Mitered Archpriest Alexei Ionov (1907-1977)
Протопресвитер Алексий Ионов
The great Apostle Paul, to whom so many spiritual gifts were given, would never boast of his strengths, but rather spoke only of his weaknesses. He wrote to the Corinthians, “I am content with weaknesses, insults, hardships, persecutions, and calamities; for when I am weak, then I am strong.” St. Paul had discovered a crucial spiritual principle: that Christ is closest to us when we suffer for Him, with Him. God’s way is the way of the cross. God revealed Himself most fully when He hung before the world on Golgotha. When we follow His way, we have Him as a fellow traveler, and this way is a path to joy: true, lasting joy. Thus, it should come as no surprise that the Archpriest Alexei Ionov would reflect upon his sufferings, trials and hardships while serving in the Pskov Mission as the most fruitful years of his ministry. This paper will touch upon some of the important events and insights contained in Fr. Ionov’s little known memoirs: “Missionary Notes.” It will also follow his continued ministry, as a refugee in post-WWII Europe, and as an important figure within the Metropolia after coming to the United States in 1948.
Alexei Ionov was born in 1907, in the small city of Dvinsk (modern day Daugavpils), in southeastern Latvia. Alexei graduated at the age of twenty from the Dvinsk secondary school and enrolled in the University of Latvia. However, after only two years Alexei radically altered his life path. In 1929, he dropped out of the university and chose rather to devote himself entirely to service in the Church. He had been involved in the Russian Student Christian Movement as a member of its congress. Perhaps, the reports of the atrocities being committed against the Church in nearby Russia inspired the young Alexei Ionov to willingly enter the ranks of the Church’s defenders. After discontinuing his studies in Latvia, Alexei made the long journey to Paris to study at the newly formed St. Sergius Orthodox Theological Institute. In response to the closing of all theological institutions in Russia by the Bolsheviks, the St. Sergius Institute formed in Paris in 1925. Here, Alexei had the unique opportunity to study with many of the major thinkers and theologians of his time, such as Sergei Bulgakov and Antoine Kartashov.
In 1932, Alexei Ionov was joined in marriage with Valentina Dribinsevoy. She was the daughter of a priest, Fr. Gregory Dribintseva, and was therefore well acquainted with the joys and sorrows of ministry in the Church. It is presumed that Alexei met Valentina in Paris and was likewise married there. It is likely that her family had fled Russia after the revolution. Alexei was ordained a deacon in the fall of 1932 and a priest the following year. He also graduated from St. Sergius’ in 1933. Fr. Alexei and his new bride were sent back to their homeland, serving first in a small Church in the Pskov region of present-day Estonia. In 1937, Fr. Alexei was transferred to Riga, Latvia’s capital, to serve as the second priest at the Church of St. Alexander Nevsky. Fr. Alexei was an erudite man, knew many languages, and his articles were published in the Russian publication, Вера и жизнь, for many years. In 1937, he joined the theological faculty at the University of Latvia, in Riga. However, this service was short-lived. In 1940, the Soviet military invaded Latvia as part of a deal with Nazi Germany and the theological school was shut down shortly thereafter.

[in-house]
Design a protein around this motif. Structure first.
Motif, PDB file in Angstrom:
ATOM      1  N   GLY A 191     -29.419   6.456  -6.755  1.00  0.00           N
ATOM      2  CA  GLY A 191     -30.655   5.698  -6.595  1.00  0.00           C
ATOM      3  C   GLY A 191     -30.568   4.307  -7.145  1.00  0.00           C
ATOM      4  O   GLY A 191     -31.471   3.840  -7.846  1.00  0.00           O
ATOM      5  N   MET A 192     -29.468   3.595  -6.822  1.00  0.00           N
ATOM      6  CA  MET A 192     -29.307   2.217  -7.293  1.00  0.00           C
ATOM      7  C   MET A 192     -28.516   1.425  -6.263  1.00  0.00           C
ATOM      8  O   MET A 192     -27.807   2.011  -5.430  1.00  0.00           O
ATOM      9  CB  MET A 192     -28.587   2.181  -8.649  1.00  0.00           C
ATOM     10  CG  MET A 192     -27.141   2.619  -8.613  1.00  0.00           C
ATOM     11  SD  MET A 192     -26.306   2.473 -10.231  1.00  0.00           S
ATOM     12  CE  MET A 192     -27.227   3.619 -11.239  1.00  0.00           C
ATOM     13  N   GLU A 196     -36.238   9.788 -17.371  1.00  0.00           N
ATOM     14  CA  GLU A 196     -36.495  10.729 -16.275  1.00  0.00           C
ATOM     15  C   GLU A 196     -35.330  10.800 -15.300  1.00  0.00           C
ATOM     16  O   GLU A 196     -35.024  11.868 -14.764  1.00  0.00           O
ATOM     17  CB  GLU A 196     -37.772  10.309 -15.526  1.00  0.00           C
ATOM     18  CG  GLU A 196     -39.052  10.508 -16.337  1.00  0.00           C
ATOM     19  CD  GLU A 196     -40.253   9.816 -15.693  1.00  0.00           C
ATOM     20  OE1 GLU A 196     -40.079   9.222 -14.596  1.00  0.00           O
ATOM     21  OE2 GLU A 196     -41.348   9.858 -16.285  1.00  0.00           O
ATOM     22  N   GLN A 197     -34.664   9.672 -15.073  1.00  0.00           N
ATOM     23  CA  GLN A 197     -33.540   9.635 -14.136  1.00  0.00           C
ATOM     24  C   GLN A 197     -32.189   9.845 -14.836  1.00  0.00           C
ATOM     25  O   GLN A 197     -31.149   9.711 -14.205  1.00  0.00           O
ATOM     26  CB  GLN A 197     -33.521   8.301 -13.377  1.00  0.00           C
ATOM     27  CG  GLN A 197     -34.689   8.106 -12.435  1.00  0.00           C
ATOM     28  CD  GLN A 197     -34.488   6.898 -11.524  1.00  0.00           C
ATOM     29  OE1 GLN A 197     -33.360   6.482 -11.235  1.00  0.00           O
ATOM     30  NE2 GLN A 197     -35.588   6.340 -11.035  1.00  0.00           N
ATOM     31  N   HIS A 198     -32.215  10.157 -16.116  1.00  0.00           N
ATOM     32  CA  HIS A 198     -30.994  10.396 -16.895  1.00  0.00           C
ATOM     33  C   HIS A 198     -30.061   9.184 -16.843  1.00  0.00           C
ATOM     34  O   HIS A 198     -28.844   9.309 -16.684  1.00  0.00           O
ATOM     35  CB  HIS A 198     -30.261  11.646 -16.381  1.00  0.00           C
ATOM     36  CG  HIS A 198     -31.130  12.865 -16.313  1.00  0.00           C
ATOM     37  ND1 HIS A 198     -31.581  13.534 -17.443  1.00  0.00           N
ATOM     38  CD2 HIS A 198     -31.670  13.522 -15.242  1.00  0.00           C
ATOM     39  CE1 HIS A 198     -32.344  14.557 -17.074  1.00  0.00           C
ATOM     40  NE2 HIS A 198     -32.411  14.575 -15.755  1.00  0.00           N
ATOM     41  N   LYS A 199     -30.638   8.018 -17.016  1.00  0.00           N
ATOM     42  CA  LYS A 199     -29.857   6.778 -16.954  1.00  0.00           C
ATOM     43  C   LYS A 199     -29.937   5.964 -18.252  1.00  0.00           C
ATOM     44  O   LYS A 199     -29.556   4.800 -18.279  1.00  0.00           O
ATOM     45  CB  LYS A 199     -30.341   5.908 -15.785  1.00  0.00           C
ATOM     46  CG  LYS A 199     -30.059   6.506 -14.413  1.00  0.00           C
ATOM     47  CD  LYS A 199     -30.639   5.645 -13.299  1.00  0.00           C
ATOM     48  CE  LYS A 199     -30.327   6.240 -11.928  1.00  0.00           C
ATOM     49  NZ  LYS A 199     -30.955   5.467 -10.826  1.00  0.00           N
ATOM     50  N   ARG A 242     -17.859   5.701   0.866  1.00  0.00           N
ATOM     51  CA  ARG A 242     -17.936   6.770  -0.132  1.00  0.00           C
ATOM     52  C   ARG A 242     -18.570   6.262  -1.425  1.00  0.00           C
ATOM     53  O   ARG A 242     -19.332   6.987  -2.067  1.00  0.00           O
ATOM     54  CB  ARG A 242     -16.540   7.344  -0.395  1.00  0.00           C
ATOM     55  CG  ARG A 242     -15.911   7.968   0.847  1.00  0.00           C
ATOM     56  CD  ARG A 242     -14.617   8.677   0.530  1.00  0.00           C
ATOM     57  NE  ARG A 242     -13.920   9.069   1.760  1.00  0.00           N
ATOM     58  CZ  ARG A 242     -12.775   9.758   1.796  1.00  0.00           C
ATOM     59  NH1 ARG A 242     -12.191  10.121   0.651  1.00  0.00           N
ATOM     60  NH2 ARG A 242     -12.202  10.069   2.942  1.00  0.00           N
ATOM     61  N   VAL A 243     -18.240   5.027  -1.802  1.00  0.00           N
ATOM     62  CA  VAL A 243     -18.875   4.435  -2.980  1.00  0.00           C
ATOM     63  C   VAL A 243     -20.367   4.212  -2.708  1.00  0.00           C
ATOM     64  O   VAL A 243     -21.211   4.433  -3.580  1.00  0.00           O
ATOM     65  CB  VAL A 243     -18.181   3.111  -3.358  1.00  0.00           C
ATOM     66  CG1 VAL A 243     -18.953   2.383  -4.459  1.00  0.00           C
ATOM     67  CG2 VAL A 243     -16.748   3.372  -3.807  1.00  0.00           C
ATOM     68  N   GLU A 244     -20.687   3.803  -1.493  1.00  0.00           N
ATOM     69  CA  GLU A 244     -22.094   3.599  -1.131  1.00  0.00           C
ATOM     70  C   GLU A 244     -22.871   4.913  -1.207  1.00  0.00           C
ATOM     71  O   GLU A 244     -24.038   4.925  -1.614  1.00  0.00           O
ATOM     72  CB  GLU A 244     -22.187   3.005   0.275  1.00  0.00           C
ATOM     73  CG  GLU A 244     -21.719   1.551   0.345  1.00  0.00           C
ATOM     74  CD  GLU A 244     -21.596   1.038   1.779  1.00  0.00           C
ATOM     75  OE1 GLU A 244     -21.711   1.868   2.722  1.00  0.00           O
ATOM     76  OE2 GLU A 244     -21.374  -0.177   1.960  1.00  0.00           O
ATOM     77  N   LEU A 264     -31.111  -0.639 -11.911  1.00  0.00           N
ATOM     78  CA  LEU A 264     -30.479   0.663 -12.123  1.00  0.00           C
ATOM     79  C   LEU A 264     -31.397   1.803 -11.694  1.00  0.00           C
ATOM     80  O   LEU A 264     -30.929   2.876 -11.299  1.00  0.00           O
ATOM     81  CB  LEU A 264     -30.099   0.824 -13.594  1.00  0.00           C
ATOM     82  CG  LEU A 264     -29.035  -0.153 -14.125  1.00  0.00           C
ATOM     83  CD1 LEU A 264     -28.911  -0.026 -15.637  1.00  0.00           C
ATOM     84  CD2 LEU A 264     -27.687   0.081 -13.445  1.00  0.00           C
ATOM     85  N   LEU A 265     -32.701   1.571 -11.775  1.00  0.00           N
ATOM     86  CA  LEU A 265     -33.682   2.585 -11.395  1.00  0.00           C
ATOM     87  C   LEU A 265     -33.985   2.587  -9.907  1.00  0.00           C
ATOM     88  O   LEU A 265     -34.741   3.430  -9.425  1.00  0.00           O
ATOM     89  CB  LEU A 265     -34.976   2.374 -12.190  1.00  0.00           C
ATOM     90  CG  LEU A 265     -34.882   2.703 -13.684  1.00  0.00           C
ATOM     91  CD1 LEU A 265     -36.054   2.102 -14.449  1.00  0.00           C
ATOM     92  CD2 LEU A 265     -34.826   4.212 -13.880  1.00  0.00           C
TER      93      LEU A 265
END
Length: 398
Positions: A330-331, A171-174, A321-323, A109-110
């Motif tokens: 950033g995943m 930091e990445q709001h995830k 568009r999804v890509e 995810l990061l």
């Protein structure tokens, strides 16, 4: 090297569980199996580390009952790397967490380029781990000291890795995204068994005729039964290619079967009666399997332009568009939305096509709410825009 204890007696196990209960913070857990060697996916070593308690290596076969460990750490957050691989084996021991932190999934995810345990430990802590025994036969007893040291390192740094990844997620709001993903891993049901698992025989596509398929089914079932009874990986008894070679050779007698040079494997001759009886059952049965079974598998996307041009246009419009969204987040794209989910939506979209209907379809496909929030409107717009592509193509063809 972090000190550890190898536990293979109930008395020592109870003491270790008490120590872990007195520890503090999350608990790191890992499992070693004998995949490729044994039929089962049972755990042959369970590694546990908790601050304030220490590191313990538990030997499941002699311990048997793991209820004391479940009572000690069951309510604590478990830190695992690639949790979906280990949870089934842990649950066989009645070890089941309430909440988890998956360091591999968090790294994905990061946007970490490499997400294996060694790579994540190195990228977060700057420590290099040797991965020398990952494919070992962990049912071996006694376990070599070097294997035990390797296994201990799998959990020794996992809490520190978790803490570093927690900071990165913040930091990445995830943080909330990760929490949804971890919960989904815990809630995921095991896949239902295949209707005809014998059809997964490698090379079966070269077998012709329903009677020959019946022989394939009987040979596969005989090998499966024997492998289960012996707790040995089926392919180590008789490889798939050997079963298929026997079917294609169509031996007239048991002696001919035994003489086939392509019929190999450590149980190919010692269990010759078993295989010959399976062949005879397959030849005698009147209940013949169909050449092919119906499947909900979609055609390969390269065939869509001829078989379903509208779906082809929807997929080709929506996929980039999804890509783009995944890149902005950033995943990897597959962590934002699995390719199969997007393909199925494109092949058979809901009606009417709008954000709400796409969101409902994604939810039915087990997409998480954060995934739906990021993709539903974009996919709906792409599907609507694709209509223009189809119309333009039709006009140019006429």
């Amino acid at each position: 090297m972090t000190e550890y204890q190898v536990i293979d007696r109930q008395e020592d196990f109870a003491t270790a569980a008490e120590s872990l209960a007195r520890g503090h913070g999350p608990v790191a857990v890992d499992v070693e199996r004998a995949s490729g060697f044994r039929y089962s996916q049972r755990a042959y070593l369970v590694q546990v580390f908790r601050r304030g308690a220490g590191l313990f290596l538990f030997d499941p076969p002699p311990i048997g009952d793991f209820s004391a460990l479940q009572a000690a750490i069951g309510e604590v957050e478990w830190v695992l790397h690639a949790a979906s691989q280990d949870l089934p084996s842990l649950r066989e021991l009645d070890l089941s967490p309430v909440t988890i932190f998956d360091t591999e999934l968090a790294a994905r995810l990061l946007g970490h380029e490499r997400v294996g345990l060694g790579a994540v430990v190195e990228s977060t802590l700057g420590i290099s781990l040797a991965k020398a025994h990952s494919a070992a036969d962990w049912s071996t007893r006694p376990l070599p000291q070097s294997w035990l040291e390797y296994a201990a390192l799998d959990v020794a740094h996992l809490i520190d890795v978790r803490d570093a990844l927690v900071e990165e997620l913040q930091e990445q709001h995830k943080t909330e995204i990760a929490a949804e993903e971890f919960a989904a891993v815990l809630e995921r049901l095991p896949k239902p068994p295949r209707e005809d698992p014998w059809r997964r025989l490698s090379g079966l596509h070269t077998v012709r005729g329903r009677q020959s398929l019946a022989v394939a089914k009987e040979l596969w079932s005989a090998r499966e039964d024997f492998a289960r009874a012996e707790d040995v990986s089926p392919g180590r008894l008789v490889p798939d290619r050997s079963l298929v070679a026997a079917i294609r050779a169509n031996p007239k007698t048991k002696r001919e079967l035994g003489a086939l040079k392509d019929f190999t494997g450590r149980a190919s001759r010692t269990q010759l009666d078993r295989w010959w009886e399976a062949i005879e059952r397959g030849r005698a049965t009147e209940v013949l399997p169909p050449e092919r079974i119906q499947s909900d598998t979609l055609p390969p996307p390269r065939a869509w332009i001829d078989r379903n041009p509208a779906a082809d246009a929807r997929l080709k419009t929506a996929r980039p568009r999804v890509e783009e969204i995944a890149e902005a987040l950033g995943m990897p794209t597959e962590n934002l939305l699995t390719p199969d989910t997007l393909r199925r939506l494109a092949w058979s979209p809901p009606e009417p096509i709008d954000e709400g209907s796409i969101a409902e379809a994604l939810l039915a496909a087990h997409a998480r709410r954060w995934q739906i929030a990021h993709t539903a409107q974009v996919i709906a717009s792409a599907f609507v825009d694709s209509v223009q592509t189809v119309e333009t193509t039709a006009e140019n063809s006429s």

Latvia, forced to accept military “protection” by the Soviets in 1939, was invaded once more in 1941, this time by Nazi Germany. In one respect, the German army was viewed as a liberator of the Baltic states (Estonia, Latvia, and Lithuania). Fr. Ionov describes the German occupation in his memoirs as the lesser or two evils. He writes, “Not one of us questioned that the Germans were evil. Certainly none of us had any sympathy for the conquerors of the ‘breadbasket’ of our native land.” Under the previous Soviet occupation, especially in the Pskov region, the area had been changed into a “religious wasteland.” Fr. Ionov relates, “Once-beautiful churches were destroyed, desecrated, turned into storehouses, shops, dance halls, movie theatres, and archival storage places.” The German occupiers at least offered some religious freedom. They had “other” priorities. In August of 1941, the Germans allowed fifteen priests from Riga to come to the Pskov region to “gather thistles,” as they put it. Among these was the 34 year-old Fr. Alexei Ionov. He left behind his wife and small son.
It was on this mission to the physically and spiritually starving people of Pskov that Fr. Alexei’s gifts and talents would come to fruition. It was dangerous and offered very little earthly glory. The region’s native clergy had virtually all disappeared, many had been sent to Siberia and had died, or been killed there. Metropolitan Sergei, the organizer of the mission to Pskov, was himself killed, either by Germans or Soviets in 1944. Fr. Ionov notes, however, that none of his fellow missionary priests baulked at being “volunteered.” Fr. Ionov notes, “Everything was done in the framework of church discipline and obedience to the Church.” Amidst unspeakable suffering and religious oppression, Fr. Ionov and the other fourteen priests found a people of intense spiritual vigor, starving for the faith, the Church, and Her sacraments. Among the “thistles” there were many, many flowers.